"Tell him not to touch anything," he said.  "I'll be there in ten."  "What's happened?" I asked the second Steve disconnected, my voice a squeaky blend of breath and apprehension.  He pocketed his cell phone.  "Russell Falcon has been found."

In Trudy, Madly, Deeply (Book 1) of the Charmaine (Char) Digby series, we followed her as she became an investigative assistant for the coroner's office.  We got to know Detective Steve Sixkiller as she solved the suspicious death of a family friend and several other elderly patients whose hearts mysteriously stopped.  And who could forget Char's mother the 'actress' who is in the market for her next husband.  Author Wendy Delaney brings all of them back plus a few more in Sex, Lies, and Snickerdoodles (Book 2).

In this episode Char argues with Steve, insisting that the death of Russ Falcon was a murder.  Steve isn't saying it was or it wasn't.  Actually, he isn't saying anything leaving Char to come up with the evidence and motive on her own.  Her main target is the husband of one of Russ' flings.  But did he do it?  She believe so, even if Steve doesn't seem to think she is right.

Reading Book 2 in this series I wasn't sure who killed Russ or even if it was a murder.  I knew who I suspected but had no motive, which lead me to think that maybe his death really was an accident.  I have to admit that I had the correct character but never did have the motive until the end.  So, read this book and let me know if you came up with the same suspect that I did.  Now I'm looking forward to reading There's Something About Marty - Book 3 in this series.

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All By Myself

People sometimes ask me how I deal with the isolation of writing. I’ve recently been in touch with a former co-worker from my days as a hospital social worker and communicating with her reminds me of what it was like to work with other people. It’s been a long time since I’ve done that! The hospital had a large social work department and my memory is of a deep bond between all of us. We did some emotionally difficult work, but we had each other to turn to for advice, support and—often–laughter. The work was so rewarding, and being part of a family of fellow social workers made it even more so. Nevertheless, during the years I worked there, I was writing my first novel in every speck of my free time. I adored my job, but I had a passion for storytelling that wouldn’t leave me alone.Alone. That word brings me back to the question of isolation. One writes alone. It’s certainly true that most writers tend to be more introverted than extroverted. That doesn’t necessarily mean they’re shy or that they can’t be outgoing. Rather it means that their minds and spirits are fed by that precious time alone. They need it. They can’t create without it. That is certainly true of me, but I also need frequent doses of other people in my life. On the Myers-Briggs Personality Type scale, I fall smack in the middle between Introversion and Extraversion. While great chunks of time alone are necessary for my writing, they’re also. . . well, lonely.I’m lucky that I live with someone who is also self-employed, so it is a bit like having a co-worker. John and I work in different parts of the house, but we stop to chitchat occasionally or to gripe with each other over computer problems or talk about our work. It also helps that we’re both in creative fields and seem to have similar requirements for alone and together time and that we’re both committed one hundred percent to what we’re doing. There is never the temptation to just goof off during the day.So while it’s great having John nearby, the thing that really saves me from a sense of isolation is having friends who are also published novelists and who are as serious about their careers as I am. I’ve been lucky to have always had this outlet. When I lived in Virginia, Emilie Richards and Patricial McLinn and I got together frequently to brainstorm and talk shop. And I’ve blogged often about the retreats I go on with my group of writer friends here in North Carolina. We stay in touch by email and between our getaways, we meet for lunch whenever we can. I go home from those meet-ups renewed and ready to get back to work. When you work alone, it’s critical to find a way to connect with other people, not only to avoid insanity but to help you feed the creative well.It’s hard for me to remember what it was like to have genuine co-workers. . . and to work for someone else. What I miss most about it is, frankly, the financial benefits of a “real” job: The security of a regular paycheck, help with the health insurance premiums, and most of all, an employer to pay half of that killer 15% FICA payment. (Do not quit your day job until you’ve thought all this through!)Yes, it’s costly( and sometimes lonely) to work all by myself. But getting to work at something I love? Priceless.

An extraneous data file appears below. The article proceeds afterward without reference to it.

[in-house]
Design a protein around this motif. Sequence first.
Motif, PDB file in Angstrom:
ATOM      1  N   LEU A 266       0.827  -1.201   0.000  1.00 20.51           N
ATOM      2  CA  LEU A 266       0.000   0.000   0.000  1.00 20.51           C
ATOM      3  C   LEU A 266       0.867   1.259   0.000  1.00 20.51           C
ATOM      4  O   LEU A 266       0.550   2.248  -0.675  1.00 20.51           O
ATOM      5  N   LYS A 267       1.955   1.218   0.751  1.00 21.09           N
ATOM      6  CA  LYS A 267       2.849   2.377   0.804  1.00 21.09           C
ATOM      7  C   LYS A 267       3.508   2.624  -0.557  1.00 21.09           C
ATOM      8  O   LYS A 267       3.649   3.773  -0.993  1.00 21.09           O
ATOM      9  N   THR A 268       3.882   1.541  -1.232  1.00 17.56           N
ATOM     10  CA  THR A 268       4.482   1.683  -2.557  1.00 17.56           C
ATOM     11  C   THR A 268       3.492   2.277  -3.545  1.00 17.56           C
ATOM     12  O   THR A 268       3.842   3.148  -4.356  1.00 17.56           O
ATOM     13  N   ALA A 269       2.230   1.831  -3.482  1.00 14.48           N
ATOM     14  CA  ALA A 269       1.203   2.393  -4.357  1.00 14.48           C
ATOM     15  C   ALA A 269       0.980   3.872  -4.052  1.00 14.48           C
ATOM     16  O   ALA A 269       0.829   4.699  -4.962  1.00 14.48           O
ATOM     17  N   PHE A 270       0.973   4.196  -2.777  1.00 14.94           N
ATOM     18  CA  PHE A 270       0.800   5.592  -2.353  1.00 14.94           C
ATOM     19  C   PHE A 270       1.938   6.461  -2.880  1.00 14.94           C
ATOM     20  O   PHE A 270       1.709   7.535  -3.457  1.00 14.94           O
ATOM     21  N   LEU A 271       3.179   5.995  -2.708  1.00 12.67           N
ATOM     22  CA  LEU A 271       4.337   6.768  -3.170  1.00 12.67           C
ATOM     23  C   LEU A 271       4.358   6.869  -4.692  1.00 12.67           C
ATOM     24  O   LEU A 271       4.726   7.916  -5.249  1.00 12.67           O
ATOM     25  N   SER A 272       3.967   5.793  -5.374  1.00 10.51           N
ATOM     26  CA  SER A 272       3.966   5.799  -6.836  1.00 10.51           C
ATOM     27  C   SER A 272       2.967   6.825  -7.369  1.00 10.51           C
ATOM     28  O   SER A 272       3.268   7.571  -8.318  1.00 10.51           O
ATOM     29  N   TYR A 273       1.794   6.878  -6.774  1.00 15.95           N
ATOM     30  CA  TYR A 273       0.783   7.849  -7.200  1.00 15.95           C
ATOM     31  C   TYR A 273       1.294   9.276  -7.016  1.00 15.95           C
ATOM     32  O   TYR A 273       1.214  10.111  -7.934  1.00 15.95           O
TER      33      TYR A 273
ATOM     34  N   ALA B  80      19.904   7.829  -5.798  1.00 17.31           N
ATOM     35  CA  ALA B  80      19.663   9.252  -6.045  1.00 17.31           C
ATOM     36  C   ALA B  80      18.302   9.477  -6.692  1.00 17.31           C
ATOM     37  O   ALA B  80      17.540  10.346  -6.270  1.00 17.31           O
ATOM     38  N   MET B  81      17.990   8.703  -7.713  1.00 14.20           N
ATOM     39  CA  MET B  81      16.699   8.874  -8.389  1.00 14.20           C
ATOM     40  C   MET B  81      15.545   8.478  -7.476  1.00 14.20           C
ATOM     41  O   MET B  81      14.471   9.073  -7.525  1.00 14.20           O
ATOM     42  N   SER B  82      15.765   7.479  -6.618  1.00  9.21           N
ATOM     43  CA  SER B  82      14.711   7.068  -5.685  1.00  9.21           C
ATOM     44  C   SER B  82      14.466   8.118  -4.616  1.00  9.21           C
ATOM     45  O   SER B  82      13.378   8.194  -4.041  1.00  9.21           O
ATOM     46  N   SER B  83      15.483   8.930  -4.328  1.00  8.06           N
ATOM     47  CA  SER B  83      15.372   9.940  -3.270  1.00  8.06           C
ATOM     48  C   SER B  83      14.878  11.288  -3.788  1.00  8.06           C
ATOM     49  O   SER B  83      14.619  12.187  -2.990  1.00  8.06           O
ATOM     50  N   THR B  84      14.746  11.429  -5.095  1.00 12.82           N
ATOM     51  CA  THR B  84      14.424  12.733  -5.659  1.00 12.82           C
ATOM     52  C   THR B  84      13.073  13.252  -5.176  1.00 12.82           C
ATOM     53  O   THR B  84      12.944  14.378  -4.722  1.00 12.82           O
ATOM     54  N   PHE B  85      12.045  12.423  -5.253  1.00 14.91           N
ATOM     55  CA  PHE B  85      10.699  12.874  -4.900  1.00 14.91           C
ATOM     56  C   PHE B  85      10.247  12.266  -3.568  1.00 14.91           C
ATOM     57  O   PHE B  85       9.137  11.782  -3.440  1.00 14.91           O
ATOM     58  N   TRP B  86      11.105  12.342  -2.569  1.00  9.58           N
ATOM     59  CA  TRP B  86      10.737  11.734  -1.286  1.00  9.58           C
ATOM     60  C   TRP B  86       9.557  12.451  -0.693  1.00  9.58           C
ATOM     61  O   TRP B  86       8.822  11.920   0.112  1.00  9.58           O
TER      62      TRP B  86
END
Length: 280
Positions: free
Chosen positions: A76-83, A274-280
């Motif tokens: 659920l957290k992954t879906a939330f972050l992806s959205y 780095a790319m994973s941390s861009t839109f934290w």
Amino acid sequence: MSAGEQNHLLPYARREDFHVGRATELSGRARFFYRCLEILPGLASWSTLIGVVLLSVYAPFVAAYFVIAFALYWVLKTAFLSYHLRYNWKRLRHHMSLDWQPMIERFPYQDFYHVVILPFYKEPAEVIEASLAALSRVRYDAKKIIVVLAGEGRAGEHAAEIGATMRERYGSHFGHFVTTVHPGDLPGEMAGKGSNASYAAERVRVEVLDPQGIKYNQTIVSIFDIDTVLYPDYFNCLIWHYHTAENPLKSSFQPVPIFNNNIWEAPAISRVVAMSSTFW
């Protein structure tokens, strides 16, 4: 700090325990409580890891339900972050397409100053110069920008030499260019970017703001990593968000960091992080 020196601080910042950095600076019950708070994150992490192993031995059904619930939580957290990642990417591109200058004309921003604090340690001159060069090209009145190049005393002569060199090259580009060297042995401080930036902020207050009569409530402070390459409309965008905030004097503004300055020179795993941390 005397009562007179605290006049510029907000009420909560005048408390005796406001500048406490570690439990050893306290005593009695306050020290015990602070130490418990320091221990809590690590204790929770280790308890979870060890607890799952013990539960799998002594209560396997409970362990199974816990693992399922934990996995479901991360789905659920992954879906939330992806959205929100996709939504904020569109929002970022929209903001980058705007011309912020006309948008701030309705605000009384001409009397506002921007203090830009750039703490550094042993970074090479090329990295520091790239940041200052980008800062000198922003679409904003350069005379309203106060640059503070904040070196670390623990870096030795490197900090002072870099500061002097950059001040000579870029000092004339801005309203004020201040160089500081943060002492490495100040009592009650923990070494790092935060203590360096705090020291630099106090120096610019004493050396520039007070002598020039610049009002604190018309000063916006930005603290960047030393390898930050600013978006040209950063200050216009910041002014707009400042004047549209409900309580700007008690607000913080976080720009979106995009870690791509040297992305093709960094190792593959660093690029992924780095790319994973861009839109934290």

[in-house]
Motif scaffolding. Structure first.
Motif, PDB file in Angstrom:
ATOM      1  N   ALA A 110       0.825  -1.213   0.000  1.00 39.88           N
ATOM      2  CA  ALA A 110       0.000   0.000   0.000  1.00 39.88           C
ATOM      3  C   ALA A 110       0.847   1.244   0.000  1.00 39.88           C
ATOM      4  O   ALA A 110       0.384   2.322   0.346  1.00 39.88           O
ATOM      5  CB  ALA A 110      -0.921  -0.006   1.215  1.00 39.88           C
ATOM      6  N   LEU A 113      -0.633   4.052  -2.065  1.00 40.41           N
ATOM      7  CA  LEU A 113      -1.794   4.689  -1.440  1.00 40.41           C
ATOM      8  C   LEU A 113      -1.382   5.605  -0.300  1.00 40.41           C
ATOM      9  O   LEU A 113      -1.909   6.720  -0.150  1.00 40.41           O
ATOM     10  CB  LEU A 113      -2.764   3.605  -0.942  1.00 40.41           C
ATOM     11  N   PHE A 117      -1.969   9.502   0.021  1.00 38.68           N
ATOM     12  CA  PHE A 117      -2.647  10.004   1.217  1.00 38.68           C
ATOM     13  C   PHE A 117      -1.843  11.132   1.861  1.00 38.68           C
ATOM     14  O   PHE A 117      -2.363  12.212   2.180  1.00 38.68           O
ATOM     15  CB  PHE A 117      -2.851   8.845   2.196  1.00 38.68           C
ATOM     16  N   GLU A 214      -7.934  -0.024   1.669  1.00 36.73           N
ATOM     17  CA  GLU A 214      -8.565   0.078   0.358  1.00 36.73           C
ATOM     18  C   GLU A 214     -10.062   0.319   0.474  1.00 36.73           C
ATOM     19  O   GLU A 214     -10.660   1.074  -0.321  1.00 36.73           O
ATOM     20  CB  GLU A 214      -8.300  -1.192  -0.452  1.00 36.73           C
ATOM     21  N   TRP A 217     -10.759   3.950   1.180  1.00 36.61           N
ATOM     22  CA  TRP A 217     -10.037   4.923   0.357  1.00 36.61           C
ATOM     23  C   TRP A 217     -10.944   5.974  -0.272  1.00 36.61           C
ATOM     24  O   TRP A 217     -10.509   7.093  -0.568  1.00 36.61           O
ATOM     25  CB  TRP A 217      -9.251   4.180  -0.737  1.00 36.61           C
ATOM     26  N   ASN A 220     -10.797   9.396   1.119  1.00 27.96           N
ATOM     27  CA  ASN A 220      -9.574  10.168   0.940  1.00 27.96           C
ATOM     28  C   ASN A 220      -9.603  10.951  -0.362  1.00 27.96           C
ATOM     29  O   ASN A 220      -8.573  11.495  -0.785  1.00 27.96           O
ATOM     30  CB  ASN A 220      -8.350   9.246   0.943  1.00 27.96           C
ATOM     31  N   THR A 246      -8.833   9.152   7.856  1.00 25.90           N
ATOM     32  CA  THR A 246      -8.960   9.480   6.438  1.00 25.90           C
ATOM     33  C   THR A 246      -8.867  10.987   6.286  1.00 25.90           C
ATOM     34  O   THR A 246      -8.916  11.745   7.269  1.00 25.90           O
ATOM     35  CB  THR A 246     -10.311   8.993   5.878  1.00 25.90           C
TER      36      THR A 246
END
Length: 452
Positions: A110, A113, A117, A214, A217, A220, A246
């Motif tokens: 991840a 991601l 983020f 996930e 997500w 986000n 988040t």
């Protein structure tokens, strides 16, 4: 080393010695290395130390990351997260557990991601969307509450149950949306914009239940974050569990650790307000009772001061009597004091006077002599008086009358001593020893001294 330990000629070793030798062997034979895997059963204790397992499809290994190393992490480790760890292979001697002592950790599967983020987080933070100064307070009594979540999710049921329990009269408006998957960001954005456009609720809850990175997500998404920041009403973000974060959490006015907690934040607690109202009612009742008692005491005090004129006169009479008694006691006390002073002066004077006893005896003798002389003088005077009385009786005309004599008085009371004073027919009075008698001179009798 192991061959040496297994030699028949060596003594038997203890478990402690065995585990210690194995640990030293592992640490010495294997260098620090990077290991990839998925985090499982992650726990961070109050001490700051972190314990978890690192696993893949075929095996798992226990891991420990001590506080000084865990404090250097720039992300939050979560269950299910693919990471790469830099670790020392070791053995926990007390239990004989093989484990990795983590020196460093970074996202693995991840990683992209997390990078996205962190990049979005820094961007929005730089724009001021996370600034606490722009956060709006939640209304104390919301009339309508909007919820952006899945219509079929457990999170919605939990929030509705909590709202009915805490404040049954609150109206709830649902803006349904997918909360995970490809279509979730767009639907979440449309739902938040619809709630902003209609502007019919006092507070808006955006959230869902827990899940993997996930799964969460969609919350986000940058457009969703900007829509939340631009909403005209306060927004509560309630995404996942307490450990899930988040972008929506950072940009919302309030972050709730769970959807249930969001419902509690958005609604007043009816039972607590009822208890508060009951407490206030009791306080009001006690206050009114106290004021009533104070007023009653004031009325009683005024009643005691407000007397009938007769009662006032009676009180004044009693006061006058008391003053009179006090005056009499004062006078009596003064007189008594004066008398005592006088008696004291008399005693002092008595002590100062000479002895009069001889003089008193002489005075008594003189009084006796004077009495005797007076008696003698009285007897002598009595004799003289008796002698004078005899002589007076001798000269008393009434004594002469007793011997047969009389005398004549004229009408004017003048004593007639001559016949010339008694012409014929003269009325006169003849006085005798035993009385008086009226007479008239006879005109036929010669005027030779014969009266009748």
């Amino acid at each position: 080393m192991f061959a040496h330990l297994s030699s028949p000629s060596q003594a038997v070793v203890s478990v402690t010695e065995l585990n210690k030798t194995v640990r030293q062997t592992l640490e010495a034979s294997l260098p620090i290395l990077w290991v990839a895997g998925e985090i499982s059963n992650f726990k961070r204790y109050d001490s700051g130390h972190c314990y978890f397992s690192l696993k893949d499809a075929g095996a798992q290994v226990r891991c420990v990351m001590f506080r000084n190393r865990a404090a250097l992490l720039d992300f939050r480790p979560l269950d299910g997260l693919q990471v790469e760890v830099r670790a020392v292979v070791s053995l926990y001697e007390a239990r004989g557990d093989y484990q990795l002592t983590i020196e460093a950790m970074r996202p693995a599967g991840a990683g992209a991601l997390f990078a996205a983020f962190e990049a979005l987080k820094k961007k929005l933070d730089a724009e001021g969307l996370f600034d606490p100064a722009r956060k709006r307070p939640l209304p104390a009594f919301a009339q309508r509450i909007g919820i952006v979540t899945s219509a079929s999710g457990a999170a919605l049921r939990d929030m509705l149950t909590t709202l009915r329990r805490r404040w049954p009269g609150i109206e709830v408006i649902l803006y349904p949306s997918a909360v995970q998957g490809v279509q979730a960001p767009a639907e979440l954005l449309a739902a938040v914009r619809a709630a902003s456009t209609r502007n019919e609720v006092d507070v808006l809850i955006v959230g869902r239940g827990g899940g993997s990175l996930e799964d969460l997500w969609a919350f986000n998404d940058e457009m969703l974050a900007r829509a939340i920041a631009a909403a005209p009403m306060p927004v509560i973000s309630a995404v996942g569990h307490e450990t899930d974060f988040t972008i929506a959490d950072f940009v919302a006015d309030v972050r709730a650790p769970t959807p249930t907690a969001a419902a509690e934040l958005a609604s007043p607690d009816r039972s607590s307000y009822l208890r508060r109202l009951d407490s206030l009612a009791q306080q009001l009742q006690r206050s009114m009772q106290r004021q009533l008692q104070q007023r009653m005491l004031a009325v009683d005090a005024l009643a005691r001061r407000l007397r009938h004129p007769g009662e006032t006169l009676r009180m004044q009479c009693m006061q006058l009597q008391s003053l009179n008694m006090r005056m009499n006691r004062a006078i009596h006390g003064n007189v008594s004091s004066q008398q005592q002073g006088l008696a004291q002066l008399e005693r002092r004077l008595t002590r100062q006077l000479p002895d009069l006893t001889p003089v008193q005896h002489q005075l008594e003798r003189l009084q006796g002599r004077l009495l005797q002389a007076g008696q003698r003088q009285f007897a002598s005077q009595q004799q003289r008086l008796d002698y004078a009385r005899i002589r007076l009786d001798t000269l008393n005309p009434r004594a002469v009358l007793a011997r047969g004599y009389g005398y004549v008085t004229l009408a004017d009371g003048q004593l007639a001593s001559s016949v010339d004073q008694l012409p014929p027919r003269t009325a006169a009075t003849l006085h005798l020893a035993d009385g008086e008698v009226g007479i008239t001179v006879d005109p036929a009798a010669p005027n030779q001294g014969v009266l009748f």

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Greetings Booktown Members,

I took a good look around BookTown and even though there are a ever growing number of members, I've noticed something.  There aren't as many profile pictures posted as there should be.

Why is this important?  

You're online footprint, that's why.

You want to draw a readers attention, you want to pull someone into you and who you are and what you're about.  Even something as silly as a hat or a you holding your dog, or you standing with your wife in front of the Mayan Pyramids, through a teeny tiny profile picture you are telling a story about yourself, thus connecting with a potential customer.

But don't take my word for it.  See what this article has to say about it, there were some things in it that I didn't realize.

Why Your Twitter Profile Picture is More Important Than You Thought

Delaney wrote in his Vice magazine column that he selected the worst possible picture of himself he could find when he started his Twitter account, a picture a friend took at the beach after saying, “You look awful, let me take a picture.”

Well, it worked.